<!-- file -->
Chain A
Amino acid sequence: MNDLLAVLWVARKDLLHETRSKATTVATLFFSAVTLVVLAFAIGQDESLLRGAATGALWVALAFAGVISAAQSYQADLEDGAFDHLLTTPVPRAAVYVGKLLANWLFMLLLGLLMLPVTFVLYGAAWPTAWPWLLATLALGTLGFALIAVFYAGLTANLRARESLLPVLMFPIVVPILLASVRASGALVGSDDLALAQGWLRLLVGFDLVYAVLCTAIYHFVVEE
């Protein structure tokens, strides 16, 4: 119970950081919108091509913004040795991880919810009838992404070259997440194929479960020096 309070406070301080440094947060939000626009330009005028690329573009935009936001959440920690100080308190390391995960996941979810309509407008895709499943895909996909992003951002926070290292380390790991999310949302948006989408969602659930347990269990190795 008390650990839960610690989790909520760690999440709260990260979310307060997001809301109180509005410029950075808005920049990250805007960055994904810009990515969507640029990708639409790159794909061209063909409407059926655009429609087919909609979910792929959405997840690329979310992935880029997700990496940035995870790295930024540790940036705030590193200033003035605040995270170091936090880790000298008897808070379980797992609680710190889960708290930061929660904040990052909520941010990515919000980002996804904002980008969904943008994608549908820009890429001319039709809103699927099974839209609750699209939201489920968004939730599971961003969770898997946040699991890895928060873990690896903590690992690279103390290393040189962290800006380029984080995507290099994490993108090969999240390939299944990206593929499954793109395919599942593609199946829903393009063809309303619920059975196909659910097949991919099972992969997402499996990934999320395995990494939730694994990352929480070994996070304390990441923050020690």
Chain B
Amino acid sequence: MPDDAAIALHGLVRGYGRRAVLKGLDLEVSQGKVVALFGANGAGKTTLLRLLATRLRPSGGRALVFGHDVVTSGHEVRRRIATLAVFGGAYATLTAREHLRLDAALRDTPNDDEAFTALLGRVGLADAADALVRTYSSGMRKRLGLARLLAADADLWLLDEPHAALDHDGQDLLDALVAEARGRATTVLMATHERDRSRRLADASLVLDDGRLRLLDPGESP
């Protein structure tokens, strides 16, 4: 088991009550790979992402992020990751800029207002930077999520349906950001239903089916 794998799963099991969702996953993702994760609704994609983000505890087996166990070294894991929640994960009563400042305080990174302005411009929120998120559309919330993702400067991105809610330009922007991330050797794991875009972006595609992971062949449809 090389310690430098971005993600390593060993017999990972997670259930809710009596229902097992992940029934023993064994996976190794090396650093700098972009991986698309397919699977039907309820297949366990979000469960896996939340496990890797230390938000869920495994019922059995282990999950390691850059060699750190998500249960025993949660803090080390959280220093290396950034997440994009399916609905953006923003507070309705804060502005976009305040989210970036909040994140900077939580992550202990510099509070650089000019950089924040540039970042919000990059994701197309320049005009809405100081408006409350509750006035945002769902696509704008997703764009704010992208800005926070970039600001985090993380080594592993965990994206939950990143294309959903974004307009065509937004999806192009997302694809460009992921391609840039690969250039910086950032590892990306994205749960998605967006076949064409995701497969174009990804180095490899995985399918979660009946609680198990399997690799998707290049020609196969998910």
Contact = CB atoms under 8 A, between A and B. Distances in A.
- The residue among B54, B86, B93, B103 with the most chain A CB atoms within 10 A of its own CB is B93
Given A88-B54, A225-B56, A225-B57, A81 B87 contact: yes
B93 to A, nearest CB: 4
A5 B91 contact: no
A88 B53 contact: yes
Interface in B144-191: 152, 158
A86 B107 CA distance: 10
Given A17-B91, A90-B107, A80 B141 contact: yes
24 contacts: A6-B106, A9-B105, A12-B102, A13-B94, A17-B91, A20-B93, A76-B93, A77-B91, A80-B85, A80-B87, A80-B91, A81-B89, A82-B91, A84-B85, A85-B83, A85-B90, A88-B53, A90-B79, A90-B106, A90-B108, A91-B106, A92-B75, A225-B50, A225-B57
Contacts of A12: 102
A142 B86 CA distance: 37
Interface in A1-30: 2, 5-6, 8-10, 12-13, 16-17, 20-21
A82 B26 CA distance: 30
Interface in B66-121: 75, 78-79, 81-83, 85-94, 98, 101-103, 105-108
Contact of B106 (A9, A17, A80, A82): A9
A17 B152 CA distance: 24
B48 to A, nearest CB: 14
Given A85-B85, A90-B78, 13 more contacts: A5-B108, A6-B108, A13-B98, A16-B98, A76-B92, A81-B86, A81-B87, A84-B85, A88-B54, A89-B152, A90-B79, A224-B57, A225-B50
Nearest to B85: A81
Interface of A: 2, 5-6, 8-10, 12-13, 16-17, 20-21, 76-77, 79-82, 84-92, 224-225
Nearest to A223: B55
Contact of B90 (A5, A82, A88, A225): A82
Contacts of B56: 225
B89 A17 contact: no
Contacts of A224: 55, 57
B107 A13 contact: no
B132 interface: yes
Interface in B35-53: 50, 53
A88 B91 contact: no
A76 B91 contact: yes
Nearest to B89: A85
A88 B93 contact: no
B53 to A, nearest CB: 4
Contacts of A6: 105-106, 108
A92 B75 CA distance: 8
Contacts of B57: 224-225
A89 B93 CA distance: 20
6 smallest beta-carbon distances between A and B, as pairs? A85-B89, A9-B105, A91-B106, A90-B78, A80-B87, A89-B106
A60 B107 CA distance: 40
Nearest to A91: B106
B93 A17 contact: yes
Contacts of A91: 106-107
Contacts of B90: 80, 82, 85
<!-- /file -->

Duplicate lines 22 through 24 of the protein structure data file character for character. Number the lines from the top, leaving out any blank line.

Contact of B106 (A9, A17, A80, A82): A9
A17 B152 CA distance: 24
B48 to A, nearest CB: 14